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thinkingIt’s easy to talk about the benefits businesses stand to gain from sharing detailed information about their products with consumers: brand loyalty, stronger consumer trust, increased sales, competitive advantage. But where should one begin?

Before communicating with consumers, businesses need to determine which supply chains and what information it makes sense to map and share. The commodities and consumer information a company chooses to focus on depends on four key factors:

  1. Onboarding maturity: Level of maturity of the transparency market for a particular commodity. Are suppliers in this market frequent users of technology and ready/able to participate in a digital mapping project?
  2. Key compliance issues: What issues pose the highest risk in terms of supply chain compliance? This can range from safety (pesticide use, chemicals), sustainability (water usage, deforestation), labor issues (farmer income, working conditions), animal welfare (breeding conditions, slaughtering), and more.
  3. Key sourcing markets for risk: The countries and/or regions where these issues pose the greatest risk.
  4. Consumer interest: The information consumers want to see as evidence that compliance issues have been addressed

By evaluating these four factors, businesses can determine where to focus their efforts. For example, the information consumers may expect for a particular commodity may be too detailed for a market with low onboarding maturity; in this case it would be better to focus on a commodity whose suppliers are more easily onboarded, to effectively gather the data consumers want. Or, if a company has a strong local presence in a given geographic area, it would be most practical to evaluate raw materials sourced in that region as a starting point.

Here are 5 raw materials businesses may want to consider starting with, and the corresponding consumer information to share.

  1. Fruits & Vegetables

fresh produceConsumers are extremely interested in knowing where their produce comes from, whether organic or conventional. Organic fruits and vegetables in particular benefit from both high consumer interest and high onboarding maturity. Brands and retailers can choose to share information on the produce itself or focus on a specific fruit or vegetable present in a transformed good.

  • Onboarding maturity: High (organic), Medium (conventional)
  • Key compliance issues: Water usage, working conditions, pesticides
  • Key sourcing markets for risk: Global
  • Consumer information: Origins, certifications (such as Fair Trade)
  1. Cotton

cottonSustainable cotton is an extremely popular topic today among brands and consumers. Many brands such as Adidas, ASOS, H&M, Levi’s and Sainbury’s have pledged to use 100% sustainable cotton by 2025. Besides sustainability, other issues related to cotton include social issues such as fair working conditions and safe use of pesticides. The primary challenge with cotton is the lower level of onboarding maturity; however, communicating additional information on cotton will have a strong impact on consumers.

  • Onboarding maturity: Medium
  • Key compliance issues: Income small farmers, water usage, pesticides, working conditions
  • Key sourcing markets for risk: Egypt, Pakistan, India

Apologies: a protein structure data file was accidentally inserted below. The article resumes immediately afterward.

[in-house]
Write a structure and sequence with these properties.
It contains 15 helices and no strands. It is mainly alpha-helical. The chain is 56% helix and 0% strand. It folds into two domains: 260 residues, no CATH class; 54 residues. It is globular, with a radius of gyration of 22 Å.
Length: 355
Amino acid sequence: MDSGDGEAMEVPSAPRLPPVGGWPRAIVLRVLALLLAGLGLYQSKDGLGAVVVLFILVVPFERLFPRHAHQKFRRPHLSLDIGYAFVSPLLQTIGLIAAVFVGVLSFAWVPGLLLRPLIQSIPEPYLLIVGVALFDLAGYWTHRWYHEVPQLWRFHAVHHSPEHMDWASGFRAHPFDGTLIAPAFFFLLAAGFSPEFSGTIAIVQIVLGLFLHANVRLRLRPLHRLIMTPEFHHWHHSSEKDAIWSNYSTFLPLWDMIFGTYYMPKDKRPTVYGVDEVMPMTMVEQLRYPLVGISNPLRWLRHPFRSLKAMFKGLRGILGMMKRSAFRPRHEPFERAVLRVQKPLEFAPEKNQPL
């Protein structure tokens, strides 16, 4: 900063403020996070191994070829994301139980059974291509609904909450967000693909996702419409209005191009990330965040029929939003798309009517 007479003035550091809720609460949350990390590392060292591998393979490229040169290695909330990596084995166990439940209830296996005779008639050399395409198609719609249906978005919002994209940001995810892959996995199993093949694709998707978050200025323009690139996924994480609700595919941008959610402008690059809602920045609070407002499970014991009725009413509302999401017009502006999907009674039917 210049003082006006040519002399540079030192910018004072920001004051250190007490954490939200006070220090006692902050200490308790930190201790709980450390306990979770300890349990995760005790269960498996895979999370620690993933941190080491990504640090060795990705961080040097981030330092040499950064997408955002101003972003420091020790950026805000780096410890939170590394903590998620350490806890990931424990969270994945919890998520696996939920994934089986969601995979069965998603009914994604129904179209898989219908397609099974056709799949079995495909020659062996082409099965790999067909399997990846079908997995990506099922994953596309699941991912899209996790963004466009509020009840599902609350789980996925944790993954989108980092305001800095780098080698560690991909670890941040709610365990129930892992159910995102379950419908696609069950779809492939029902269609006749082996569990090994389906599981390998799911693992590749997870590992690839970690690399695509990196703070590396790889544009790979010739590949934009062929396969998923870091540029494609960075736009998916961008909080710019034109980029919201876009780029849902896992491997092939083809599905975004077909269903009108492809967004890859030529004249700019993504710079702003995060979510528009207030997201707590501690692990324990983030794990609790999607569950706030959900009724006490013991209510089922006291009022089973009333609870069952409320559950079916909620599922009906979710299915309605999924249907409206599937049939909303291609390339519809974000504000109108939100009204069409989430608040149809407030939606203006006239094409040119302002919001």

• Consumer information: Sustainability practices and certifications; cotton farm/farmer information 
  1. Fish & Seafood

fishConsumers are especially concerned about the sustainability of their seafood and the working conditions of fishermen. In fact, multiple “sustainable seafoodguides have been developed to help consumers purchase responsibly-sourced seafood species. Although onboarding maturity for seafood is low, if successful, sharing supply chain data on seafood products is likely to be very beneficial and resonate strongly with consumers.

  • Onboarding maturity: Low
  • Key compliance issues: Sustainability (overfishing, bycatch), fair working conditions, antibiotics
  • Key sourcing markets for risk: Asia
  • Consumer information: Fishing technique, certifications; information related to shrimp, salmon
  1. Paper & Carton, Wood

treesWhile consumer interest in the origins of paper, carton, and wood products is not as high as for other categories such as cotton, deforestation is a major topic of concern among shoppers. While household goods such as sofas, tables, and other home furniture are most commonly affected, businesses can even benefit from demonstrating more sustainability paper packaging. High onboarding maturity make paper, carton, and wood supply chains relatively easier to address

  • Onboarding maturity: High
  • Key compliance issues: Deforestation, biodiversity
  • Key sourcing markets for risk: Global
  • Consumer information: Origins, sustainability practices and/or certifications
  1. Meat

meatOnboarding maturity for the meat supply chain is somewhat low, but issues related to these products resonate with consumers. Animal welfare is of particular concern, as well as deforestation due to cattle ranching. Communicating information about meat products can help businesses distinguish themselves in a market facing increasing competition from meat alternatives.

  • Onboarding maturity: Medium
  • Key compliance issues: Breeding conditions, slaughtering, working conditions, deforestation
  • Key sourcing markets for risk: Europe, South America
  • Consumer information: Batch or origin, distance from farmer; if organic, proof or organic status down to the source

For many, supply chain transparency is uncharted territory. The end goal is clear—more engaged, informed consumers—but it is often unclear where to begin. By taking a practical approach, businesses review their options and choose the best supply chain to guarantee a successful transparency project.

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